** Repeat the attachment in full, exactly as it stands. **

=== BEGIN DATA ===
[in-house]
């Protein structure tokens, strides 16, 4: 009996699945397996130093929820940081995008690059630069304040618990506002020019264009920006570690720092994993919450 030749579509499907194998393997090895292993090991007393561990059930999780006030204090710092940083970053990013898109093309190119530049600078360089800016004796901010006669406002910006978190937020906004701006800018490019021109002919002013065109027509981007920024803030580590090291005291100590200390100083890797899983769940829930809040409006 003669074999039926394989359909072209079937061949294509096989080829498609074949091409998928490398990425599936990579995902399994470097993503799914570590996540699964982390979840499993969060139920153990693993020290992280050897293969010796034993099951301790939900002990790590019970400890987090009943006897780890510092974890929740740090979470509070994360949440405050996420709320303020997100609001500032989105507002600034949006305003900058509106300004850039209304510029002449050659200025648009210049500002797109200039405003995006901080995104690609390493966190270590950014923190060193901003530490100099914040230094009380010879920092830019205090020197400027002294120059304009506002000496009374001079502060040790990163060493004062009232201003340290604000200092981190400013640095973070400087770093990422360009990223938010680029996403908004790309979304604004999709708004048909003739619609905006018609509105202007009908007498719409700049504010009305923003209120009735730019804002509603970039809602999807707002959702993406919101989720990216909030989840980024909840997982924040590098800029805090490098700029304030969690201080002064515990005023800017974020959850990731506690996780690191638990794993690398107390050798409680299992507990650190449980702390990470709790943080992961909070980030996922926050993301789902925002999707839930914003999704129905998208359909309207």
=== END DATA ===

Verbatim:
[in-house]
């Protein structure tokens, strides 16, 4: 009996699945397996130093929820940081995008690059630069304040618990506002020019264009920006570690720092994993919450 030749579509499907194998393997090895292993090991007393561990059930999780006030204090710092940083970053990013898109093309190119530049600078360089800016004796901010006669406002910006978190937020906004701006800018490019021109002919002013065109027509981007920024803030580590090291005291100590200390100083890797899983769940829930809040409006 003669074999039926394989359909072209079937061949294509096989080829498609074949091409998928490398990425599936990579995902399994470097993503799914570590996540699964982390979840499993969060139920153990693993020290992280050897293969010796034993099951301790939900002990790590019970400890987090009943006897780890510092974890929740740090979470509070994360949440405050996420709320303020997100609001500032989105507002600034949006305003900058509106300004850039209304510029002449050659200025648009210049500002797109200039405003995006901080995104690609390493966190270590950014923190060193901003530490100099914040230094009380010879920092830019205090020197400027002294120059304009506002000496009374001079502060040790990163060493004062009232201003340290604000200092981190400013640095973070400087770093990422360009990223938010680029996403908004790309979304604004999709708004048909003739619609905006018609509105202007009908007498719409700049504010009305923003209120009735730019804002509603970039809602999807707002959702993406919101989720990216909030989840980024909840997982924040590098800029805090490098700029304030969690201080002064515990005023800017974020959850990731506690996780690191638990794993690398107390050798409680299992507990650190449980702390990470709790943080992961909070980030996922926050993301789902925002999707839930914003999704129905998208359909309207």